Confined spaces pose significant physical hazards to workers, so it’s important for employers to understand both the risks they face and how to avoid potential dangers. Here’s what you need to know about confined space safety.

Working in a confined space may seem like a fairly routine situation for manufacturing industry employees, but it’s actually a very dangerous activity.

From 2011 to 2018, 1,030 workers died from occupational injuries involving a confined space, according to the latest data from the Bureau of Labor Statistics. And each year, failure to identify and communicate hazards and failure to have a respiratory protection program in place are among the most cited OSHA safety violations.

OSHA uses the term “permit-required confined space” (or “permit confined” space) to describe a location—such as a vault, storage or crawl space, or a large container—that has one or more of the following characteristics: 

  • The potential to contain a hazardous atmosphere.
  • Material that has the potential to engulf an entrant.
  • Walls that converge inward or floors that slope downward and taper into a smaller area that could trap or asphyxiate an entrant.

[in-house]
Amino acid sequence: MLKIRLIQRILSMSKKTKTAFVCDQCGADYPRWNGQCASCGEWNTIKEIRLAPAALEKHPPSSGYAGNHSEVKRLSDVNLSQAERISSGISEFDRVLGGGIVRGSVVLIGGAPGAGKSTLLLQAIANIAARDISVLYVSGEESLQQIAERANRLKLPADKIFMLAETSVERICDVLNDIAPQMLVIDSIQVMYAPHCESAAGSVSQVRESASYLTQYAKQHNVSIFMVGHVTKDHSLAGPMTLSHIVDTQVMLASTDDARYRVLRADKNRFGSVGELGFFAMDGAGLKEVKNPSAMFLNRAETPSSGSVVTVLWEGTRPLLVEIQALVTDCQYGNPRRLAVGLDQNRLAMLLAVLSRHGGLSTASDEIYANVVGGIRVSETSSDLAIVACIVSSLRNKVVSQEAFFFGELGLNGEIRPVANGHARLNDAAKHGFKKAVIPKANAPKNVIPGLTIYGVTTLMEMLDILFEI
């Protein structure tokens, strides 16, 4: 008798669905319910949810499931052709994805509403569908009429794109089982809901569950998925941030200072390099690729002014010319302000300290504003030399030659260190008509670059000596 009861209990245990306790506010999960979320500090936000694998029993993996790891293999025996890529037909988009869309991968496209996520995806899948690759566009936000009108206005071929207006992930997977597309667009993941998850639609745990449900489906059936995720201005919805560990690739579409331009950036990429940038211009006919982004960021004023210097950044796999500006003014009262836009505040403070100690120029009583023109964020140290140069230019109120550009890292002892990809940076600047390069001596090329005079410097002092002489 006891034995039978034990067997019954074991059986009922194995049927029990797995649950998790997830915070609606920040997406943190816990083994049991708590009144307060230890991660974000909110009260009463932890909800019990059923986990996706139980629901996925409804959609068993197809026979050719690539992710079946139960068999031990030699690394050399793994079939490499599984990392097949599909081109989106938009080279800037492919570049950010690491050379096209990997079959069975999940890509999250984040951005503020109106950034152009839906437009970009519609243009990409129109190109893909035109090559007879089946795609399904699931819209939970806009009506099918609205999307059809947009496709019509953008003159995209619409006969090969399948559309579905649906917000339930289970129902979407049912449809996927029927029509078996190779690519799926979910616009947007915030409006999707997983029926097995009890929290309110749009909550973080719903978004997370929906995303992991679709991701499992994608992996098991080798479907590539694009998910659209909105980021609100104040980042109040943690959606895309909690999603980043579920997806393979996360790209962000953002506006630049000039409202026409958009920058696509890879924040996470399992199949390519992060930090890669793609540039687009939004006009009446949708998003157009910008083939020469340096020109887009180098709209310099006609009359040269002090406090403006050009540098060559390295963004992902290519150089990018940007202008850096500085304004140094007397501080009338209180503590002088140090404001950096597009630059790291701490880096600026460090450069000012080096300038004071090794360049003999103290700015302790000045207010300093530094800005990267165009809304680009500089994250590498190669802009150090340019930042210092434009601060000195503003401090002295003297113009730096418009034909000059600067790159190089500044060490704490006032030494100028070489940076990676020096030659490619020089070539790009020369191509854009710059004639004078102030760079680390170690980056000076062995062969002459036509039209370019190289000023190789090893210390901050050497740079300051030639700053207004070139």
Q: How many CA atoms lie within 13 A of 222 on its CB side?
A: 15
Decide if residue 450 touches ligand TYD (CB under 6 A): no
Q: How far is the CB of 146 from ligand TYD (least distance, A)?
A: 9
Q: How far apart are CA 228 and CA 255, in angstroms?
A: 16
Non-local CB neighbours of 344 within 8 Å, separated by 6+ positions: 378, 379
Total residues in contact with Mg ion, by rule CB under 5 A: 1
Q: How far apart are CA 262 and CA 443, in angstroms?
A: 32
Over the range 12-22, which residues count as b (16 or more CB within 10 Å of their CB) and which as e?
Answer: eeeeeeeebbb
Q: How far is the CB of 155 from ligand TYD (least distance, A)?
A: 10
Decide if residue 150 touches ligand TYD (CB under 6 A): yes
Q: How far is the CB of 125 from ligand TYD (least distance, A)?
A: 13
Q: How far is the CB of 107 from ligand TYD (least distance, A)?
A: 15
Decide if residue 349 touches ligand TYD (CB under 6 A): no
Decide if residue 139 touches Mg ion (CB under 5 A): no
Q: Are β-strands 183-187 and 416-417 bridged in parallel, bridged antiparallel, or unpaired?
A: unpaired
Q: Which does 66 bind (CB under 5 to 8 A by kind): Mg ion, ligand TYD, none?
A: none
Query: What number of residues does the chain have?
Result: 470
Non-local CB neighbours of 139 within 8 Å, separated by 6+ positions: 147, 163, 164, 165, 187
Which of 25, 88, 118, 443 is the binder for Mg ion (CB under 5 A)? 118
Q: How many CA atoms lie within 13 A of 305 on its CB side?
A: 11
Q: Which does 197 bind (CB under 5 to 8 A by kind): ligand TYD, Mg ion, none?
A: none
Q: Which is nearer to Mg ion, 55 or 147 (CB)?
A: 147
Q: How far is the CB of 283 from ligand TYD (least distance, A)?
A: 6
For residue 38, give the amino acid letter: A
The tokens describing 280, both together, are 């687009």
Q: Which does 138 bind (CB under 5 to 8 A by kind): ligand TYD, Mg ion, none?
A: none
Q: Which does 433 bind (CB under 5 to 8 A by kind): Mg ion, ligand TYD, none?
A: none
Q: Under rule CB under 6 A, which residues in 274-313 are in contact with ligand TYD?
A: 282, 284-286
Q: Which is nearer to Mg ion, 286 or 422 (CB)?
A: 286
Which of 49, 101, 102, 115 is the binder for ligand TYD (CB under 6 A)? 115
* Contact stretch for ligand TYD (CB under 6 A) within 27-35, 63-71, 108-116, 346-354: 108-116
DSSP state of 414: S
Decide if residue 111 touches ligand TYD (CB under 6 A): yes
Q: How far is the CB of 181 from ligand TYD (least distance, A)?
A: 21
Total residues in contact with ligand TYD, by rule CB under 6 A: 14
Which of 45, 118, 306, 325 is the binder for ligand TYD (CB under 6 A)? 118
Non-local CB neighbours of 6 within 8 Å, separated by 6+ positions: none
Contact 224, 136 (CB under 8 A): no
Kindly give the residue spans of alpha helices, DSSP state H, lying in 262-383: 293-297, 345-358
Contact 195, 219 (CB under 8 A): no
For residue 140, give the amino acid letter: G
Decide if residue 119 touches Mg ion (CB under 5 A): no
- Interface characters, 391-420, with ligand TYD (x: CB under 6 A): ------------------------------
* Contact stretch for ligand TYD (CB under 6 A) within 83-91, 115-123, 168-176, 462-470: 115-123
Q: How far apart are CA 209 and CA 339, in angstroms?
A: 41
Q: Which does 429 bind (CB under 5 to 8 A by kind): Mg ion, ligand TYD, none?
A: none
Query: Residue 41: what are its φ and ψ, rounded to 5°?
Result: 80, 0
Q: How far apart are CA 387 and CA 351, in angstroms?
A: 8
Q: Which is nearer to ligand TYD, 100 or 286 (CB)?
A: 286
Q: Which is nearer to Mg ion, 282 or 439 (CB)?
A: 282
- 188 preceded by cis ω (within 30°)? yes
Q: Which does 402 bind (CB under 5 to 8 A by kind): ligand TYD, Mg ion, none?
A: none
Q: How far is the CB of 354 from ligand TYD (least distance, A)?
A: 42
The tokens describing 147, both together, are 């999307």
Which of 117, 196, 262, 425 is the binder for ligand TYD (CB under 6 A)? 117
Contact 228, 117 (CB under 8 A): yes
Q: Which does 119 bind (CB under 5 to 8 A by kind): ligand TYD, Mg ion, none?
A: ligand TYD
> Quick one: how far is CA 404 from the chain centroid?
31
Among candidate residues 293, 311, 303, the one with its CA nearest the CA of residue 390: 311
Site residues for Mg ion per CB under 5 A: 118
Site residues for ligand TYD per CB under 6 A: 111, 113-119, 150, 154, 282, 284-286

• Any other recognized safety or health hazard, such as unguarded machinery, exposed live wires or heat stress.

These confined spaces are not only a danger to employees, they’re also a grave danger for those who attempt to liberate them. Some 60 percent of fatalities in confined spaces happen to would-be rescuers, according to OSHA.

Read more: Safety Tips for CNC Machinists: 5 Must-Know Rules for the Workplace

Speaking in a recent webinar on confined space safety, Mark Heuchert, a safety equipment marketing manager at safety technology company Dräger, emphasized the importance of comprehensive, ongoing training to prevent accidents. 

“This is the challenge that employers have: making sure workers who go into confined spaces have the correct training.”
Mark Heuchert

Though most employers offer confined space training, many victims of injury or death did not undergo the required training, he said. “This is the challenge that employers have: making sure workers who go into confined spaces have the correct training.”

With 2.1 million workers entering “permit confined” spaces annually, according to OSHA, it’s critical that employers understand the risks associated with working in confined spaces and the established hazard mitigation techniques.

In the webinar, Heuchert reviewed the OSHA 1910.146 procedures for permit-required confined space entry and shared insights on industry best practices to avoid accidents and improve training. He also described the five most important procedures for working in confined spaces safely, including the following:

1. Isolate and label the confined space.

  • If a workplace contains “permit confined spaces,” the employer must inform exposed employees by posting danger signs or by using any other equally effective means to mark those spaces.